By MRG

I realize the title may make this post sound like a big philosophical essay, but what I’m trying to do really is just to share a conviction I have always had in life and illustrate it with a couple questions (weird way of illustrating, I know!)

Let us first define what a “hero” is. According to oxford dictionaries, a hero is:

  • a person, typically a man, who is admired for their courage, outstanding achievements, or noble qualities: a war hero
  • the chief male character in a book, play, or film, who is typically identified with good qualities, and with whom the reader is expected to sympathize: the hero of Kipling’s story
  • (In mythology and folklore) a person of superhuman qualities and often semi-divine origin, in particular one whose exploits were the subject of ancient Greek myths.

For the purpose of this post, we will also include heroines and assume the definitions will be identical except for the “male” or “man” part of the definition.

So here is how the story usually goes: there is a great hero that is good and is fighting this great evil. This is how things have always been told, not only in fairytales, but also in our everyday lives and in every society’s history. For examples we have heroes like Rwagasore, Kagame, Ghandhi, Mandela, the Dalai Lama, Mother Theresa and so forth. Then there are villains like the colonizer, Hitler, Staline, Bin Laden and many more. The funny thing is, from time to time, country to country, person to person an individual can be a hero to some and a villain to others.

Notice, there are almost no universal heroes and no universal villains. In fact, most heroes are war heroes, so they are heroes to the winners and villains to the losers. The most important thing, in my opinion, is that for you, you reading this, whatever your personal hero fought against is evil. That evil can be a disease, poverty, injustice, violence, invasion, genocide, racism but most of the time these words are just attached to a person and even worse to a group of people. And the hero often saves a group of innocent, defenseless good people.

Let me speak to you with a lively example. Tata Madiba, Mandela, the father of South Africa, the father of Africa, the hero of one of the youngest democracies on earth… Today aging Mandela is a hero because he relentlessly, and for long, fought against the most recent (at least of my knowledge) form of extreme institutionalized racism. He’s most talked about sacrificing 27 precious years of his life in prison. Well, I once read an article, by some feminist human rights activist, a couple years ago, saying that he was no hero as he is misogynist because he left Winnie and failed his family. See, the criticism she is giving has absolutely nothing to do with what Mandela is praised for. It reinforces the idea that a hero must be perfect and not just have some extra-ordinary achievements like ending apartheid, or noble qualities like perseverance, non-violence, vision, persistence, and wisdom. Yes, Mandela himself admits he has sacrificed his family for his nation, but does that make him less of a national hero? Some others say maybe he compromised too much, and that black South Africans today are still living in overwhelming poverty. All in all you get my point, there is this overwhelming expectation that heroes must be perfect, and the slightest imperfection erases any good they might have done.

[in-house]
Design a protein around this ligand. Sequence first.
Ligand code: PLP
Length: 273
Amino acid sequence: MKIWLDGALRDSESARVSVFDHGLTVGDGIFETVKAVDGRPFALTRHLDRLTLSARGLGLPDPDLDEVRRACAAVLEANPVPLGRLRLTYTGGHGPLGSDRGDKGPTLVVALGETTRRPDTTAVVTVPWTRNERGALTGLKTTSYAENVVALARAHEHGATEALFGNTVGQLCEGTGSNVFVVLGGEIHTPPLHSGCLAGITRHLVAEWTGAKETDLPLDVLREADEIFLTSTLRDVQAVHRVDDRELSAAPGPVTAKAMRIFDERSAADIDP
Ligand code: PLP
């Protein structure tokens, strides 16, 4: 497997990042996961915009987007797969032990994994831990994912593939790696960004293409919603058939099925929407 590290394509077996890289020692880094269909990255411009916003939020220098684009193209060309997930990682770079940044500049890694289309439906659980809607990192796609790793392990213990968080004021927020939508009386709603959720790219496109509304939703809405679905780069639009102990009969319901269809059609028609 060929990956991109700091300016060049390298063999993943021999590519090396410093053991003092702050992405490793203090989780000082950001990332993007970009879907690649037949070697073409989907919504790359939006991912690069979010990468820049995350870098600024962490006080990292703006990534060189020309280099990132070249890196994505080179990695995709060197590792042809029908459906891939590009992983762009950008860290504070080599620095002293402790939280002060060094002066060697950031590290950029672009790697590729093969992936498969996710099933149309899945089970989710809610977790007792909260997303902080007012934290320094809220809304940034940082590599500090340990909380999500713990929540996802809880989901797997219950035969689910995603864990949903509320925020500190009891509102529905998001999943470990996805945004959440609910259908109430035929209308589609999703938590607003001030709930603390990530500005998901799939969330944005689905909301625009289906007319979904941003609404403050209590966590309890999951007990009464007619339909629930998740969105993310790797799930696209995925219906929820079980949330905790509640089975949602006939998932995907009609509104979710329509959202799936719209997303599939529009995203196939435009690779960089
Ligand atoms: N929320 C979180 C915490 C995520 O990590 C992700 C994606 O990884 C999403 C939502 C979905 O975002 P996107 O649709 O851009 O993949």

rwagasoreNow let’s come home to Burundi. The only hero I can think of that seems to be common to all Burundians, is our late Prince Louis Rwagasore. It seems that his name is pretty much held high by Burundians of all ages, regions or ethnic groups (or at least from the sample I see). He fought for our independence, was a man of the people –with princely swag, if I may add- with a vision that most Burundians hold as the ideal Burundi. Unfortunately, his life was cut short, and we never saw his great vision come to life. The only other person I think of is Marguerite Barankitse, though I feel she is a hero to people outside of Burundi more than Burundians themselves, so I am not sure if she gets the hero title. I will put her in here be I think she is a national hero, and this is my blog post after all; I will allow myself some bias J .

Everyone else that might be a hero, especially on the political scene, is a hero to some, depending on the region of origin, line of work, ethnic group and so forth. So for many, these other heroes are incredibly good people who fought for the good and just people of the country against the other group who are evil villains. For some reason, I feel people tend to group themselves in ethnic groups, and define whichever they identify themselves to as the victim and everyone else to be the evil people. The reality of things is, specific individuals have killed other specific individuals in the country at different times. The killers and victims have been from all of Burundi’s ethnic groups, whether aba Ganwa, aba Tutsi, aba Hutu, canke aba Twa. The killers might not be evil, but the act of killing is punishable by law and the killers should pay their dues to society (all Burundians, not just one group of people)! And the victims might not be saints, but their families and friends deserve the right to mourn and remember them, ask for justice and security!

To get back to my conviction, there is no such thing as good or evil people. There is good and bad in everyone, even the people that harm us the most. So see a hero as a person that brings out the good in most of us, most of the time. Let us not over-romanticize them; just give them credit where it is due and not be afraid to penalize their wrong doings!

MRG currently lives and studies in Toronto, Canada